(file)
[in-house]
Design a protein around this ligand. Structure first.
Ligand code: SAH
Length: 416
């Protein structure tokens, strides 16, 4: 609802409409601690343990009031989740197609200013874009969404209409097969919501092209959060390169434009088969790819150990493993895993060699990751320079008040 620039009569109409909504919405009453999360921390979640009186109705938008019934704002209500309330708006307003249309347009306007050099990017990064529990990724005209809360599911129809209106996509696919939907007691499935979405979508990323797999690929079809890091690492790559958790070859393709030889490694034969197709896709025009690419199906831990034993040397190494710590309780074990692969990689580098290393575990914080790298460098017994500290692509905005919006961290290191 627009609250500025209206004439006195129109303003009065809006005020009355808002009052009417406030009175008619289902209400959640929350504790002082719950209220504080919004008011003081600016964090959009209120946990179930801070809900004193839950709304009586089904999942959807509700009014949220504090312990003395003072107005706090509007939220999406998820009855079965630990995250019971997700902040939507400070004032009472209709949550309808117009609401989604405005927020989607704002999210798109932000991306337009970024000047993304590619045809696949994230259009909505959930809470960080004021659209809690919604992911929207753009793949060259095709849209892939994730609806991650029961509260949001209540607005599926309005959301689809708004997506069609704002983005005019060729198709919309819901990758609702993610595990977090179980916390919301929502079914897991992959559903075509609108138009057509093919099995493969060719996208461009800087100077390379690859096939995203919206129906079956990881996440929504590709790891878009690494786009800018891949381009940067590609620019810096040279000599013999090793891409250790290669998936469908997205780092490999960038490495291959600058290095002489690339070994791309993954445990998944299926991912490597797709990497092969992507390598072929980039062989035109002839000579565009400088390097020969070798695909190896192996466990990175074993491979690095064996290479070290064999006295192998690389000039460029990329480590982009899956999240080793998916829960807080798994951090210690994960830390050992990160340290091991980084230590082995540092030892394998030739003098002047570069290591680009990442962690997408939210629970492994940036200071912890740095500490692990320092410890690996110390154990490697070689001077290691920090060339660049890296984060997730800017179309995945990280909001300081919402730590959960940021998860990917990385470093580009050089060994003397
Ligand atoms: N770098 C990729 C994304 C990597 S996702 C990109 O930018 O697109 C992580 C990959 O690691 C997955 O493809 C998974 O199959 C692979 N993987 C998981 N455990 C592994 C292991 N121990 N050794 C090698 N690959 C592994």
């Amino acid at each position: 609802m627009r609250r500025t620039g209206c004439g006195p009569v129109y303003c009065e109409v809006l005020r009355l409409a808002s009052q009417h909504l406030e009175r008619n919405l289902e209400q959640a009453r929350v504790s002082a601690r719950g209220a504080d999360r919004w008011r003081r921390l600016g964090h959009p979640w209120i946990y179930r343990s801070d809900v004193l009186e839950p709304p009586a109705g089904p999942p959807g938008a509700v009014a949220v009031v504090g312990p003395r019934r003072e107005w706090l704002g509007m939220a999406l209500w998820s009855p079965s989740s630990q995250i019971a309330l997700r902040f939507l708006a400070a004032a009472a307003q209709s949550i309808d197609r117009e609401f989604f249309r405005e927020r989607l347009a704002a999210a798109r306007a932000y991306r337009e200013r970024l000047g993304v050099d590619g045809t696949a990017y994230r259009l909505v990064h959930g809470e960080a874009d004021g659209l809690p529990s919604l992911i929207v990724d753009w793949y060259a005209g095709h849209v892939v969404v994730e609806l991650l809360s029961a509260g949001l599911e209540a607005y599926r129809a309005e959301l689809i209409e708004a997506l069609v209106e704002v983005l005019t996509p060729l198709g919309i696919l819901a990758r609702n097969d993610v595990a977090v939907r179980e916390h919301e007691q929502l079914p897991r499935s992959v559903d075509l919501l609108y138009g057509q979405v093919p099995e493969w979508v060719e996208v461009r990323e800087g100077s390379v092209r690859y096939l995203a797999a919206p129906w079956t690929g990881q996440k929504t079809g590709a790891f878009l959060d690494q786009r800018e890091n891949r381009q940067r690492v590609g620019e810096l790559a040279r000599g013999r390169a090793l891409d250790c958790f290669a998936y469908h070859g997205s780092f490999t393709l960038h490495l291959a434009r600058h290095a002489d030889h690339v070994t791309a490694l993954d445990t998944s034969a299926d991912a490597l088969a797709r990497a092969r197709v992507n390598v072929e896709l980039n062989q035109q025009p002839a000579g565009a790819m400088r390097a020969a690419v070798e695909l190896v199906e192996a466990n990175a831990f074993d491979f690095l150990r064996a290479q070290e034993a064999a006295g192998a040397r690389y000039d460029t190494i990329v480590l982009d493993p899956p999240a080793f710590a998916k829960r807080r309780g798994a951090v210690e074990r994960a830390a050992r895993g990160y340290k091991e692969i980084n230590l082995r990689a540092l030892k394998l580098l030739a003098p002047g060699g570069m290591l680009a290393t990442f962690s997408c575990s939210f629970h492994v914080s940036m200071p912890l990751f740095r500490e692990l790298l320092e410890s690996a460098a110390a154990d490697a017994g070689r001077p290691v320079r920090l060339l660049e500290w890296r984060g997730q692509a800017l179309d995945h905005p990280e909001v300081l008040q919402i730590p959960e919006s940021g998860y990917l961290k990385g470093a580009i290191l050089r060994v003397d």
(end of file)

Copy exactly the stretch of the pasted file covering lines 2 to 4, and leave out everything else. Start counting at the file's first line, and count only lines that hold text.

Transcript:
Design a protein around this ligand. Structure first.
Ligand code: SAH
Length: 416